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SCJD and Patterns

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Hi, which patterns are we required to know for the SCJD (apart from MVC, and Singleton)?
[ March 07, 2004: Message edited by: Marco Tedone ]
Javini Javono
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Originally posted by Marco Tedone:

Hi, which patterns are we required to know for the SCJD (apart from MVC, and

Names of Design Patterns Not Strictly Required
There is no requirement that you know the names of any design patterns for this
project. However, if parts of your submittal conform to some of the known
design patterns, this probably will make your software easier to understand,
make your software easier to modify in the future, and so forth.
So, in a sense, while knowledge of design patterns is never explicitly stated
as a requirement, and while you are not required to mention design patterns
in any of your documentation, if you final project is to be easy to understand,
easy to modify, and has been refactored, then even if you are not a design
patterns expert, your code probably had "re-invented" one or two design patterns.
I am not sure whether I will talk about design patterns in my choices.txt file.
One reason for this is that there is always the possibility, given that I am not
a design patterns expert, that I might mis-use a design pattern term, and thus
confuse the reader, who might use the same term but in a different context. For
instance, at Amazon.com, I have read some design pattern book reviews, where
some readers state that the author gave bad examples about some design pattern
or another.
Having said the above, however, does not mean that you should not familiarize
yourself with design patterns; in fact, there are design pattern links given
either directly or indirectly if you look at the links given at the top of this
In Martin Fowler's book, Refactoring: Improving the Design of Existing Code,
Chapter 3 is entitled: Bad Smells in Code.
This chapter has the following subsections, which, if the particular names have
fallen into standard usage, may have definitions on the internet: Duplicated
Code; Long Method; Large Class; Long Parameter List; Divergent Change;
Shotgun Surgery; Feature Envy; Data Clumps; Primitive Obsession; Switch
Statements; Parallel Inheritance Hierarchies; Lazy Class; Speculative
Generality; Temporary Field; Message Chains; Middle Man; Inappropriate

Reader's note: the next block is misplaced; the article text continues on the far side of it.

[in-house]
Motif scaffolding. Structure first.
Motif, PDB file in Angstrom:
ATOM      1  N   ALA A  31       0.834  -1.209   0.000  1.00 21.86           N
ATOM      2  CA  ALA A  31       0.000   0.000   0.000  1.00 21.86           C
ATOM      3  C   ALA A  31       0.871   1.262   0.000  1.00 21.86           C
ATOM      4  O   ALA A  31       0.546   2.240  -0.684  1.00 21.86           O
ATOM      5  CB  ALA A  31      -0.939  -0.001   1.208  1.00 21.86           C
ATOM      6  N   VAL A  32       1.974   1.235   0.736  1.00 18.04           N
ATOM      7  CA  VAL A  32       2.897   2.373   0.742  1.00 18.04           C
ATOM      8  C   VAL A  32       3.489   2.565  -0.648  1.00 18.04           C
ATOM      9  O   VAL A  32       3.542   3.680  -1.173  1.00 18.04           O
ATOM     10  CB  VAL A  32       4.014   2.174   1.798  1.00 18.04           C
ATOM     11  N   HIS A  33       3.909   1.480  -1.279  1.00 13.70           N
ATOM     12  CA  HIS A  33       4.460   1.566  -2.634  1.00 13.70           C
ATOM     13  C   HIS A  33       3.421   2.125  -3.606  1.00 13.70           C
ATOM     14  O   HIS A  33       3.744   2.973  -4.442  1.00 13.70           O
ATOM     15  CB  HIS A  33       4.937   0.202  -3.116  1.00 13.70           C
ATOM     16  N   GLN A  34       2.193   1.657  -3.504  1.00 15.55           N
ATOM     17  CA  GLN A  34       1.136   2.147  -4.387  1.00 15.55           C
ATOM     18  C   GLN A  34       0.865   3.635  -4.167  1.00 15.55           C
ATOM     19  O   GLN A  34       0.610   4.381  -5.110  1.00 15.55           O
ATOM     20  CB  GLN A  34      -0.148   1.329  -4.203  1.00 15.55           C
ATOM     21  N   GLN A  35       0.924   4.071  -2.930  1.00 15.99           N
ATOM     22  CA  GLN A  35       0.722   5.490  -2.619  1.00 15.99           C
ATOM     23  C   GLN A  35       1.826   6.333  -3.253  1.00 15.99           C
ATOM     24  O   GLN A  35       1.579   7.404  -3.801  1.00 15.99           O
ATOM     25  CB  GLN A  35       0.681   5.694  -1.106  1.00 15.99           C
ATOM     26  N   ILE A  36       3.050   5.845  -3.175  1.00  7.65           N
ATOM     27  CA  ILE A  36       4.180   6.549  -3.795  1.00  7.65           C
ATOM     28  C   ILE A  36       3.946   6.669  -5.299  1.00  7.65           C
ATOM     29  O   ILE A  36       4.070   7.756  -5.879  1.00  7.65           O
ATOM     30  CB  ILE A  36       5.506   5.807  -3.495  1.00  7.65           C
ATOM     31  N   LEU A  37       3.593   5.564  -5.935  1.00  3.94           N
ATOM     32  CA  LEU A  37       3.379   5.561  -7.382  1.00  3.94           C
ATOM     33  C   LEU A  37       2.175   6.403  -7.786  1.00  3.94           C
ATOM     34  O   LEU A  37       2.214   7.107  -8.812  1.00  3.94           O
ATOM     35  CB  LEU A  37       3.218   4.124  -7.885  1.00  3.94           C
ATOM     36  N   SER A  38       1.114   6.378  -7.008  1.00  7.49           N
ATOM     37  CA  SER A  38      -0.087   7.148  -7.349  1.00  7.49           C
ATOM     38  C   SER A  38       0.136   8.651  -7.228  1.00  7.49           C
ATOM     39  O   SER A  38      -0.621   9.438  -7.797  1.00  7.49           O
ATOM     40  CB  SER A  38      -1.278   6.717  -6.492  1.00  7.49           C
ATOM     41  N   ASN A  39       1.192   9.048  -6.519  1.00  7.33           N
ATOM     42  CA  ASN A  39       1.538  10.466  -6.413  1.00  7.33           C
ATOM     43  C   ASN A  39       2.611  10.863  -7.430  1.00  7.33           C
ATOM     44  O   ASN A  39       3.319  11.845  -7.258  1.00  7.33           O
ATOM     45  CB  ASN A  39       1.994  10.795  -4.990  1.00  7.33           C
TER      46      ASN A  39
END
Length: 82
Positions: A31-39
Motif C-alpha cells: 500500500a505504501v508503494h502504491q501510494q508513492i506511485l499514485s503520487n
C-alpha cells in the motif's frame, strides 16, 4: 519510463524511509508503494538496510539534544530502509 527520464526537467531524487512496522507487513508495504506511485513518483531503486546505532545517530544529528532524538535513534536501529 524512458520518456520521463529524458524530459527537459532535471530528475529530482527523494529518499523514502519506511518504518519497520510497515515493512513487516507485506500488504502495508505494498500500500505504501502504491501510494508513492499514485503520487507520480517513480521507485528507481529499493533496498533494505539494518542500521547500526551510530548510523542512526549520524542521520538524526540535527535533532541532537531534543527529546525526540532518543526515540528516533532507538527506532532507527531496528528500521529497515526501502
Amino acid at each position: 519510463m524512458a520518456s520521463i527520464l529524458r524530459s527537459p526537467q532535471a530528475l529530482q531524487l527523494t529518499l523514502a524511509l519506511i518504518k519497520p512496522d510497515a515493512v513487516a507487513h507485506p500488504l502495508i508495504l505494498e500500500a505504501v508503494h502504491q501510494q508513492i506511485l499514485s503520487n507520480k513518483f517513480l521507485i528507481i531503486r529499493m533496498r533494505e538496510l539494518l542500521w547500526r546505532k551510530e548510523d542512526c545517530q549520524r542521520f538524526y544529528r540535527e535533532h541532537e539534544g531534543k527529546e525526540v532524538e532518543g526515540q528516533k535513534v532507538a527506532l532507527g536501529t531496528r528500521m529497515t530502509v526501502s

Intimacy; Alternative Classes with Different Interfaces; Incomplete Library
Class; Data Class; Refused Bequest; Comments.
Now, if you accept the above as bad smells in your program, and you refactor
to lessen these smells, then probably, somewhere, wittingly or unwittingly,
you have applied a design pattern; but, even if you did not, your code has
been restructured with the appropriate motivation, and I would think that your
code would do fine with respect to its design.
Pattern-Related Postings
Here are some pattern-related postings. I am not saying, however, that these
links are the most relevant. You may do better using this forum's search
Topic: Object adapter design pattern
General Pattern Links
RMI Pattern Link
Topic: NX: Identify pattterns used in my design
Topic: NX: What is the point of multiple instances? (Actually Design Choices)
Topic: operating mode--share code
Topic: NX: Prepare for the Essay exam (Model-View-Controller, also see Sun link when I find it)
Topic: ValueObject patern
Sun's Value Object Pattern
Sun's Transfer Object
Fowler's Data Transfer Object
Topic: Is String[ ] Serializabel? (2-Tier verse 3-Tier)
Topic: Should lock methods be callable by the client (2-Tier verse 3-Tier)
Topic: NX:What is Factory Pattern? (Links to pattern discussions on web)
Topic: Question about DesignPattern
Topic: How long should a GUI client wait for a locked record? (3-Tier Solution to the Rescue)
Topic: NX: Exposing different interface to client (than the one provided) (2-Tier verse 3-Tier)
Topic: how to maintain a application?
Topic: FBN: Which classes in which package?
Topic: NX: Singleton in Ken's design.
Topic: Fantastic!! My RMI surprised me!!! (Deals with one reference
type on client & single or multiple instances of Data)

Javini Javono
[ March 07, 2004: Message edited by: Javini Javono ]
[ March 07, 2004: Message edited by: Javini Javono ]
Vishwa Kumba
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Thanks Javini, for the links
With a little knowledge, a cast iron skillet is non-stick and lasts a lifetime.
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